- "When we encourage women and girls to believe that perfect posture is the one and only answer to reducing their pain, to being able to lift a weight off the ground, or to developing the assurance to ask for a raise, we ultimately diminish their ability to feel comfortable and confident enough to get in the gym, explore, create and discover their truest selves."
- "Movement variability provides us with an opportunity to gain confidence, learn new skills, test the limits of our body and our mind, as well as break down old belief systems and build up new ones."
Dr. Ellie Somers, PT
"Physio on a mission 💪"
I recently had a conversation with a woman and her husband. The woman, is a well-intentioned person with a good heart, looking to do what is best for her husband. Knowing that I was a physical therapist, she decided to walk over to me with her husband in the hopes that I would help convince him that he needed better posture and that he needed to put efforts into improving it.
When they first walked over, I was asked to simply stand in place. The hope, I’m pretty sure, was that I would demonstrate “perfect posture” for this gentleman. But alas...I do not have perfect posture. I have forward shoulders, anterior pelvic tilt, thoracic spine kyphosis, and probably some other “imperfections” that I’m not even aware of and that I could care less about.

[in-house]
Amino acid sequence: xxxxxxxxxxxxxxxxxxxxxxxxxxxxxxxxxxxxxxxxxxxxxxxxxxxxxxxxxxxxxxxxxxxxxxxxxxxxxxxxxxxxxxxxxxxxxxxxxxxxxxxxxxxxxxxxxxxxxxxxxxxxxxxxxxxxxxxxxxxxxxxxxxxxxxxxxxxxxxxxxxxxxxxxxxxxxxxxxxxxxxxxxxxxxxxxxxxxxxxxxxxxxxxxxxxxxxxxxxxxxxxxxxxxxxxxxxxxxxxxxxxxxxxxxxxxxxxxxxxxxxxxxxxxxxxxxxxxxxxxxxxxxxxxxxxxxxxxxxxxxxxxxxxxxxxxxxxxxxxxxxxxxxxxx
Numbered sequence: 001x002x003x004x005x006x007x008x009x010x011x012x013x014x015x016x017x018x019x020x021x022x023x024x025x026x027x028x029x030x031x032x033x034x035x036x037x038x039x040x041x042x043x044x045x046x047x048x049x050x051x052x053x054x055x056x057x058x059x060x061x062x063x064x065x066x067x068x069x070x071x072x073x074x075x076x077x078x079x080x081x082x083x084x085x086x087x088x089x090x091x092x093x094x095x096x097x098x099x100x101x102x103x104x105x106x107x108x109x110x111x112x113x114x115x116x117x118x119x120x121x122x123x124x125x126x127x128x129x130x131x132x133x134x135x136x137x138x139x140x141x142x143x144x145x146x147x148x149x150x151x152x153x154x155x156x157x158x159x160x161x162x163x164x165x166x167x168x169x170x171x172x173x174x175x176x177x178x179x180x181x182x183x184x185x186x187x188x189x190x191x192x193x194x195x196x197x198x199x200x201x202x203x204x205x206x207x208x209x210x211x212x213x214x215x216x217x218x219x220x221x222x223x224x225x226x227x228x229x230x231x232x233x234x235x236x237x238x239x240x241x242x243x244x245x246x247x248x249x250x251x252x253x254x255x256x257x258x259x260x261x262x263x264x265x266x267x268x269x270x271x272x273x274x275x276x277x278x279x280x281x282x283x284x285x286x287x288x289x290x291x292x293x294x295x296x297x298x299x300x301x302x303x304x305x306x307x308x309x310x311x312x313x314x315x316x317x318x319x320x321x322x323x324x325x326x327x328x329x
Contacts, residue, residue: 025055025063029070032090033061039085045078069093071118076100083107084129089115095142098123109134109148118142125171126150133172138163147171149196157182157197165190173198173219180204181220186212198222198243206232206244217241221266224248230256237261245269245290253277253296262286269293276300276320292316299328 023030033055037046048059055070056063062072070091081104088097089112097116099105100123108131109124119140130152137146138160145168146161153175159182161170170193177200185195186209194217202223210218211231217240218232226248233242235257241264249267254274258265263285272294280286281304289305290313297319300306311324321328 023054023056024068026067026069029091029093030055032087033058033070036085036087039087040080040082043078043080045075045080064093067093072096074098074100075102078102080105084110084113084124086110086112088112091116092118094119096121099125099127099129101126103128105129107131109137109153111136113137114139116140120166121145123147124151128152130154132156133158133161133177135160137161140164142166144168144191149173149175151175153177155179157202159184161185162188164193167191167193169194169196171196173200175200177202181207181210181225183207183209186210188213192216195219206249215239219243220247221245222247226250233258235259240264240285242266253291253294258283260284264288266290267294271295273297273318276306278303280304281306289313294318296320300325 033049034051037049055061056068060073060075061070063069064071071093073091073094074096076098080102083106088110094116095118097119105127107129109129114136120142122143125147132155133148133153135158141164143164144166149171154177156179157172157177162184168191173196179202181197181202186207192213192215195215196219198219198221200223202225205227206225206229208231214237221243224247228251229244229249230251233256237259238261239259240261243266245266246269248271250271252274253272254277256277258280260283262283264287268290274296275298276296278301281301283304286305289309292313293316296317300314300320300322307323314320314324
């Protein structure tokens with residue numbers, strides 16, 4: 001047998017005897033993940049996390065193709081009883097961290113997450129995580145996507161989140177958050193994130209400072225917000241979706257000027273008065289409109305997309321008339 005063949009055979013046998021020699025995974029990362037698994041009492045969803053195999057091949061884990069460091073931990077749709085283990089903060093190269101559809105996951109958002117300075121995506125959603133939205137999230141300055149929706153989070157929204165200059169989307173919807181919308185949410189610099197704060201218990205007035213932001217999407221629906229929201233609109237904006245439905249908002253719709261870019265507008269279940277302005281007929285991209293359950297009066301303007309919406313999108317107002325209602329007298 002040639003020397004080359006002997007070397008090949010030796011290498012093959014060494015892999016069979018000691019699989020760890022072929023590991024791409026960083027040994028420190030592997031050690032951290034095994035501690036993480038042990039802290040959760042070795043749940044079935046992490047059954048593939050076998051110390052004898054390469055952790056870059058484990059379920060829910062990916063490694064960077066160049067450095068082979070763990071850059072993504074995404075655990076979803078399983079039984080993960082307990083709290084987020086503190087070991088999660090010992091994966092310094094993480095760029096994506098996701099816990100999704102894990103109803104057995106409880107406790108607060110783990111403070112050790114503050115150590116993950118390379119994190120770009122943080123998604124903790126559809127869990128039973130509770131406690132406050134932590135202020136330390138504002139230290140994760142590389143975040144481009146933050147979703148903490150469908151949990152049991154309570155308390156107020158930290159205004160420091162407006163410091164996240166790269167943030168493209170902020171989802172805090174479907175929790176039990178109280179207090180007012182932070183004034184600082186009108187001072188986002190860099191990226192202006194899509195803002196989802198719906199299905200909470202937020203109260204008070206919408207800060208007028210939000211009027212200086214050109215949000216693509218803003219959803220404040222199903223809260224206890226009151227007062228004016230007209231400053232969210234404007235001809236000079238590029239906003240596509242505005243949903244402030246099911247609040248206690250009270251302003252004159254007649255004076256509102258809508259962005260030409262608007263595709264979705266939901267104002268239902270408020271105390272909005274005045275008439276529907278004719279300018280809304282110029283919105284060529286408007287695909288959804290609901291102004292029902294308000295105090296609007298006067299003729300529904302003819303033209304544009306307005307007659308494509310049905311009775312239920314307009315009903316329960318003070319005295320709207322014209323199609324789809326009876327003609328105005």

After seeing my posture, her husband asked me to “stand up straight.” I did so and at the same time, I said “well that’s not comfortable for me.” He looked at his wife and said, “see??” A bit confused, she told him that better posture would be helpful for him. When he looked at me, I said, “well how do YOU feel?” What he said next, was like a breath of fresh air for me. He said, “I think, I am the way I am.” And I said, “I agree.”
“I am, the way I am.” So many reasons to love a statement like that.
Here’s the deal, we grow like trees. ALL of us have “perceived” flaws and asymmetries. Areas we feel we need to “improve” or whatever. When it comes to posture, our society has been crippled by the belief that posture is why we have pain and why we have “degeneration” in our spines. It’s a load of crap.
Some of us have rounded shoulders, some of us have broad shoulders, some of us have conditions that CHANGE the way we look from the outside, like kyphosis or scoliosis. But good posture never improved someone’s strength. Good posture, doesn’t dictate a person’s level of health. Good posture doesn’t improve joint function. Good posture, is bull shit and what we call "bad posture", sure as hell doesn’t prime you for a life a misery.
When it comes to posture, the research clearly shows us it means almost nothing. Posture is a piece of a puzzle that has billions of pieces to it. That puzzle is called the human condition. And humans are complex!! I wish I could say that posture was a cure all, as so many tend to believe, but posture means very little about a person’s well-being, their risk for pain, or their risk of “damage” to themselves.